Editor’s note: Wondering what’s happening in the classroom at Colgate? Here’s a real-time glimpse into academic life on campus — a syllabus from a course underway this semester.
FMST 376 Activist Media
Eli Horwatt, Visiting Assistant Professor in Film and Media Studies
TR 1:20–2:35 p.m., Bryan Hall Classroom
This course outlines the historical roots of the contemporary activist media environment, examining the role of new media as a rhetorical tool for political transformation. This course will ground students in 20th-century histories and theories of activist media, with a focus on the role of student mobilizations from the civil rights movement in the 1960s to contemporary campus activism. A toolkit of techniques and strategies will also be evaluated and explored as potential sources for creative projects by student practitioners. Special attention will be paid to the contemporary landscape of activist media and its intersections with online activist movements, particularly as they pertain to higher education.
Professor Horwatt began the semester by asking his students “How does art change you, and how does activism transform your behavior?” The hope, according to Professor Horwatt, is that every assignment brings the students closer to being able to answer that question. Students conceptualize interventions that could be performed on campus, such as projections onto buildings to raise awareness for a cause, or “invisible theater” performances in busy areas such as the dining hall or the quad.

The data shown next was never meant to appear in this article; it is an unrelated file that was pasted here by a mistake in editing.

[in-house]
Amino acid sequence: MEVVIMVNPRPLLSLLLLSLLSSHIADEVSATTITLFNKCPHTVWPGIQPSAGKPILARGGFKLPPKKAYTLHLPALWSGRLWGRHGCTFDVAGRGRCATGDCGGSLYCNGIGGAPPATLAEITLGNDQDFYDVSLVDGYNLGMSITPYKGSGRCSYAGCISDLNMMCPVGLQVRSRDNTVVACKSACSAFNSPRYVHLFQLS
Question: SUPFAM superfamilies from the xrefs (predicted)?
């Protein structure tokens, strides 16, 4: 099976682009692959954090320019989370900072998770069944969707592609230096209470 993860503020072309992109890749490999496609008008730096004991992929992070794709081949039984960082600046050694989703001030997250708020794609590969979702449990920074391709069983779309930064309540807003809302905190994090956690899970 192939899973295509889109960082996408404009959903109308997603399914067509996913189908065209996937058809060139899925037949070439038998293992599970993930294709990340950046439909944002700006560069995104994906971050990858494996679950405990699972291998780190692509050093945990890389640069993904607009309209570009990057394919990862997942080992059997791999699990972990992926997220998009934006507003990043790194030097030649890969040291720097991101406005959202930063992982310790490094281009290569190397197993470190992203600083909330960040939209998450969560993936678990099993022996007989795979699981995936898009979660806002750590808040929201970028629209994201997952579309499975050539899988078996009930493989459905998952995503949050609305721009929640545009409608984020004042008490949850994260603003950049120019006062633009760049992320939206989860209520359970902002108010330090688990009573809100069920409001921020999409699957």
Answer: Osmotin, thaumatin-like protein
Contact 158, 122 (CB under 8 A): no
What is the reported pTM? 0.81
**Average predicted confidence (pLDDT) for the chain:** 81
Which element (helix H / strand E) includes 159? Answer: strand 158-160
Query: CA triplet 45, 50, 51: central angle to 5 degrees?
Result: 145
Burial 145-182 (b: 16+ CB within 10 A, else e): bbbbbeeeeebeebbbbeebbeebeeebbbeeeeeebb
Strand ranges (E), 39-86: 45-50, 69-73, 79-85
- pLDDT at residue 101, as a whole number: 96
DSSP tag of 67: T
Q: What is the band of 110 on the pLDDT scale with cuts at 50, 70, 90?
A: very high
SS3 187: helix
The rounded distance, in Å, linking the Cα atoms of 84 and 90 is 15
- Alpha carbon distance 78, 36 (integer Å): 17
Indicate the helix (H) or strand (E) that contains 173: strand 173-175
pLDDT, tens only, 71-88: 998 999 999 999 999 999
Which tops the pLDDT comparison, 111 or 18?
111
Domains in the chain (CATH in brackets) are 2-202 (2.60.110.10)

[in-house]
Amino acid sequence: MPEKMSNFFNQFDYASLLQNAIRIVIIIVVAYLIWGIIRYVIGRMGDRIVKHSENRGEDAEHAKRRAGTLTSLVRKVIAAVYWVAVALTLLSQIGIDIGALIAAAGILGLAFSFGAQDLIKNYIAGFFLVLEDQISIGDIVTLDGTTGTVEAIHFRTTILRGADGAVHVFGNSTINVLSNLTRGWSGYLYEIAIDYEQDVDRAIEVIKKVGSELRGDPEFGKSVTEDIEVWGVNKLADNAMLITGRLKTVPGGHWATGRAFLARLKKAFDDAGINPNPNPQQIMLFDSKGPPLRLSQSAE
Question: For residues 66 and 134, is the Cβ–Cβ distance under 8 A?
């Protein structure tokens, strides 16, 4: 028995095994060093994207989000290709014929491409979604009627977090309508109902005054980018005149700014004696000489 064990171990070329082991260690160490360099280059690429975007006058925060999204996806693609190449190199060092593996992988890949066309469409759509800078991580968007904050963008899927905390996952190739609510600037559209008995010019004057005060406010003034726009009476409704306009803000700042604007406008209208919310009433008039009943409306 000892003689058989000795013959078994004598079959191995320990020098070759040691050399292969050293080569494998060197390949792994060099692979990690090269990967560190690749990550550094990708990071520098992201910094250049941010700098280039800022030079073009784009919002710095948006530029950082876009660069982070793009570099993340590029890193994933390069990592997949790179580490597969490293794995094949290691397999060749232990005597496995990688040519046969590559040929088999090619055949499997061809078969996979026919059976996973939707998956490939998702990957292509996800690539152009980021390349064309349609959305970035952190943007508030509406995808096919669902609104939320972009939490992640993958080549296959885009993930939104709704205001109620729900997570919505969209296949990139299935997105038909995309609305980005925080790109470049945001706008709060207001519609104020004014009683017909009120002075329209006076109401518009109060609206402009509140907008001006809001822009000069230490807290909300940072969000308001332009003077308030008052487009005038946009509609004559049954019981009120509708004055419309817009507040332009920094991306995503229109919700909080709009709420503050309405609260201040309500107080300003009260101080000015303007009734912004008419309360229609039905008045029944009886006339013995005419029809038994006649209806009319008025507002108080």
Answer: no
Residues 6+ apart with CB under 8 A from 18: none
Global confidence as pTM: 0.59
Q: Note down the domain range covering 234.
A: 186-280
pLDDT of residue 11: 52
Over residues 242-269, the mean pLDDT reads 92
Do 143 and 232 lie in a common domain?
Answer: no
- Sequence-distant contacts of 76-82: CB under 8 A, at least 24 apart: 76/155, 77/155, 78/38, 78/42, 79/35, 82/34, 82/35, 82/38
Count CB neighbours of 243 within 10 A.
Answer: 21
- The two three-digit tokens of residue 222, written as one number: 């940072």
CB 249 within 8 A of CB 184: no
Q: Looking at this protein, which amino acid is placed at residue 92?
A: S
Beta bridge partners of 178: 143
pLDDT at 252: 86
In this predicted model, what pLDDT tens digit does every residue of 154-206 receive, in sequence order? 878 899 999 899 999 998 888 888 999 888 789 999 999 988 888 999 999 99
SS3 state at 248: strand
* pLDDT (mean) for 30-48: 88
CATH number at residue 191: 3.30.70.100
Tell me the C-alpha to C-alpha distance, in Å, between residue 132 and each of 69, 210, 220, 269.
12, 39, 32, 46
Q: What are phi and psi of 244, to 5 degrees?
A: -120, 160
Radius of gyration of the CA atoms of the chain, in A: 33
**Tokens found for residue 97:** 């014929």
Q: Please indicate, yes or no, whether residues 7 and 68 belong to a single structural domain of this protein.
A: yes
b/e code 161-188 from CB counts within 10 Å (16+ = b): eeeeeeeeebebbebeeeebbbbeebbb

Splinter groups break off at the beginning of each class and create discussion questions based on the readings. When the class reconvenes, each splinter group is responsible for facilitating a dialogue. Professor Horwatt will provide examples and reframe questions, but the students are largely responsible for guiding class discussion.
The professor says
“In conjunction with this class and through a Colgate Arts Council grant, I’ve been able to bring four artist-activists to campus. These speakers that I was able to bring, including one of the original organizers of the Occupy Wall Street movement, are giving workshops and very pragmatically engaging with these students. The students engage themselves with these movements and are able to learn a lot from the experiences of the artists. This opportunity provided by the CAC has really brought a new dynamic to the course.”